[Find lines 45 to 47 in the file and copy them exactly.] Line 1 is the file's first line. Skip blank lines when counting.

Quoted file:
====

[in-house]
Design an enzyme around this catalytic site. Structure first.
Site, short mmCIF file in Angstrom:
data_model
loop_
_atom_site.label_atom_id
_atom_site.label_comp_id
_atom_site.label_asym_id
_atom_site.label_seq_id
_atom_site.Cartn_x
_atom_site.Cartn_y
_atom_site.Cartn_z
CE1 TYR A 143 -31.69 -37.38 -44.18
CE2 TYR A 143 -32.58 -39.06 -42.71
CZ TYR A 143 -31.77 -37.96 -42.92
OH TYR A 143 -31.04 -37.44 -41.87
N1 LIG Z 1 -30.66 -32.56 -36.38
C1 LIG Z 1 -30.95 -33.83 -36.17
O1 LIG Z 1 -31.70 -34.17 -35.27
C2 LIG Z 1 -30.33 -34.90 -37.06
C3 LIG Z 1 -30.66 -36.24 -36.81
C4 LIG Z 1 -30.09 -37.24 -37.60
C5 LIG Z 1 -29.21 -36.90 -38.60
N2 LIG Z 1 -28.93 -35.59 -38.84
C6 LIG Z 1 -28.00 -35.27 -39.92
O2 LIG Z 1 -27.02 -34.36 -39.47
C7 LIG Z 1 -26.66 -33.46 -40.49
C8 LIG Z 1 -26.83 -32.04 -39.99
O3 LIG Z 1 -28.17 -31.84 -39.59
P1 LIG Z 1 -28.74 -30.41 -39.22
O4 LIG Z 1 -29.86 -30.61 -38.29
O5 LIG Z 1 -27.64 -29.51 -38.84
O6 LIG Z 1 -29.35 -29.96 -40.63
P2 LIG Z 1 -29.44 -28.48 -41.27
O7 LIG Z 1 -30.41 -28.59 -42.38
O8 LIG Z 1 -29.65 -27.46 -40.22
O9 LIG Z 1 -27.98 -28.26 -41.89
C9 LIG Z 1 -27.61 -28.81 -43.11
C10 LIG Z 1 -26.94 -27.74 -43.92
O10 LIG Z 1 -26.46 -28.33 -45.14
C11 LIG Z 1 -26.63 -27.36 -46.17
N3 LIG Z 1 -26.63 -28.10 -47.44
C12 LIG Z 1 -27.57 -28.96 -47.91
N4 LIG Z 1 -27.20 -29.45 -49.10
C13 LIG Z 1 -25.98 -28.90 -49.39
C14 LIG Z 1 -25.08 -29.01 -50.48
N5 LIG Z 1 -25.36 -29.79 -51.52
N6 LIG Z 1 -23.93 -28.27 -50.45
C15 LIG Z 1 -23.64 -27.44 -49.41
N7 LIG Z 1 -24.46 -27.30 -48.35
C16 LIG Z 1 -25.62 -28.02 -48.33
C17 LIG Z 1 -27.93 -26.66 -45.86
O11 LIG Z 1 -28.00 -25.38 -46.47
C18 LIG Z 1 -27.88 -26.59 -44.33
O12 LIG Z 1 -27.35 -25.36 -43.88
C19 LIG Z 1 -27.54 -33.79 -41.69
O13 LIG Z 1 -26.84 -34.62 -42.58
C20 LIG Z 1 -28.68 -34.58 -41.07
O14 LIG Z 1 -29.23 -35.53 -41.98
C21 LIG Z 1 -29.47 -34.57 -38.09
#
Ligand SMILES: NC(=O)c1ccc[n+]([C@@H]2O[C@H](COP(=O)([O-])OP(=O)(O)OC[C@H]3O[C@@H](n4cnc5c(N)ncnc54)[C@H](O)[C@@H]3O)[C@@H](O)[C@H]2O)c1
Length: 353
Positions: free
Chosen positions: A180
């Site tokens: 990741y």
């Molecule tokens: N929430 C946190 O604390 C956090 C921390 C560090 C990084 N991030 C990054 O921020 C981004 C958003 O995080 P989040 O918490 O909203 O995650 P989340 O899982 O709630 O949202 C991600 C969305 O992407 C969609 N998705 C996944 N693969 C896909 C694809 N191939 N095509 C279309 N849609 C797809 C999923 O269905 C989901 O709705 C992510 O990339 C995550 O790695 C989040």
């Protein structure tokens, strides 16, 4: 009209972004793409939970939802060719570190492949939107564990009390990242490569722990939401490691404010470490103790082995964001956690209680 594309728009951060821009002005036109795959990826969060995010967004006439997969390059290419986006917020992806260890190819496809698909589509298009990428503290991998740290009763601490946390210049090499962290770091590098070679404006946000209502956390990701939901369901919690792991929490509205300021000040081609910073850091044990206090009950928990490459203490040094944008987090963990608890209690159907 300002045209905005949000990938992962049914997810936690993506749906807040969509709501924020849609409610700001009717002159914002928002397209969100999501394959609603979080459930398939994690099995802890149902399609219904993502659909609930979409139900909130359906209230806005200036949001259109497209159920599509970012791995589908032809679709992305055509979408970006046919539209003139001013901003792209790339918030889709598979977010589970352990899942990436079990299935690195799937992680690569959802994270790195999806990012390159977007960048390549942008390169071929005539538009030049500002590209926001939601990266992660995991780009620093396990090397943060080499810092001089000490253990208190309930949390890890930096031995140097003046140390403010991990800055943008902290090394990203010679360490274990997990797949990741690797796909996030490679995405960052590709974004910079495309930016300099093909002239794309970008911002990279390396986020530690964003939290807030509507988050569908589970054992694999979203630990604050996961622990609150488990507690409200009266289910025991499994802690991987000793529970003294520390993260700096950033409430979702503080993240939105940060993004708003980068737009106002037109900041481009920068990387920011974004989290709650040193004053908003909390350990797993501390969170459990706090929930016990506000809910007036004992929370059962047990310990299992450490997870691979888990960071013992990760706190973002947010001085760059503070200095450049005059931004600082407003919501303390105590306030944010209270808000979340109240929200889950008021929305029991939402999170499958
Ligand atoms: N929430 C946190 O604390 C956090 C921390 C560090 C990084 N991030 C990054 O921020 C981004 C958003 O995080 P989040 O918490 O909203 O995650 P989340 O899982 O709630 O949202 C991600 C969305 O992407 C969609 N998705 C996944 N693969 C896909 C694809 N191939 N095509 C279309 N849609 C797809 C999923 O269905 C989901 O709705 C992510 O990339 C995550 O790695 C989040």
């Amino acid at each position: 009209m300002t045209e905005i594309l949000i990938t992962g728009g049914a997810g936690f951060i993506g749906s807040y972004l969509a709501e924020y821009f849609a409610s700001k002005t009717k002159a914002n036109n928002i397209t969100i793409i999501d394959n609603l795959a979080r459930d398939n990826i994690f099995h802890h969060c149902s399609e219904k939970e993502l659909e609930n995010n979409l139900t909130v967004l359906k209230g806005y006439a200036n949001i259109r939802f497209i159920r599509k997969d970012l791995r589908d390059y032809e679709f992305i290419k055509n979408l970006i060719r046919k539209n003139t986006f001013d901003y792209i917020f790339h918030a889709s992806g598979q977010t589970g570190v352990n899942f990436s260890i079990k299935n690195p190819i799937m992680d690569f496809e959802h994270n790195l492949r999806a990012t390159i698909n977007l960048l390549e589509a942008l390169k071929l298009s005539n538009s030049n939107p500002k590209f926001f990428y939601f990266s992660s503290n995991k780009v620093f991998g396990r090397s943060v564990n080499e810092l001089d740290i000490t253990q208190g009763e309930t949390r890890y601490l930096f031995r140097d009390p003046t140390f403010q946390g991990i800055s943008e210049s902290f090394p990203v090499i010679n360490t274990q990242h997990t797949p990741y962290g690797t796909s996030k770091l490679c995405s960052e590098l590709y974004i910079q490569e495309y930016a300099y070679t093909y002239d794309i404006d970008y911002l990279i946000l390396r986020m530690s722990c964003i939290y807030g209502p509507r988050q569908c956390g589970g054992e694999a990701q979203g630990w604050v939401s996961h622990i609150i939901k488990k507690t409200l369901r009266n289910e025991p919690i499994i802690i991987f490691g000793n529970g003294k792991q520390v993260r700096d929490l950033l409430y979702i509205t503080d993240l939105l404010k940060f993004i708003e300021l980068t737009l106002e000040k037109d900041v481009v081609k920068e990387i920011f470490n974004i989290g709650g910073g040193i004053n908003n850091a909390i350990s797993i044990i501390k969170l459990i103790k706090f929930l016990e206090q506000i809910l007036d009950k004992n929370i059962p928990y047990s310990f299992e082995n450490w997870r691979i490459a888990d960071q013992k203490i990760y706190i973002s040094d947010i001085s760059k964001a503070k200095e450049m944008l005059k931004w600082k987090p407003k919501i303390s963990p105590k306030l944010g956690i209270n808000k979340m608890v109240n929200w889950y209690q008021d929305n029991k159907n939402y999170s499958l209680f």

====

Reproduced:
C13 LIG Z 1 -25.98 -28.90 -49.39
C14 LIG Z 1 -25.08 -29.01 -50.48
N5 LIG Z 1 -25.36 -29.79 -51.52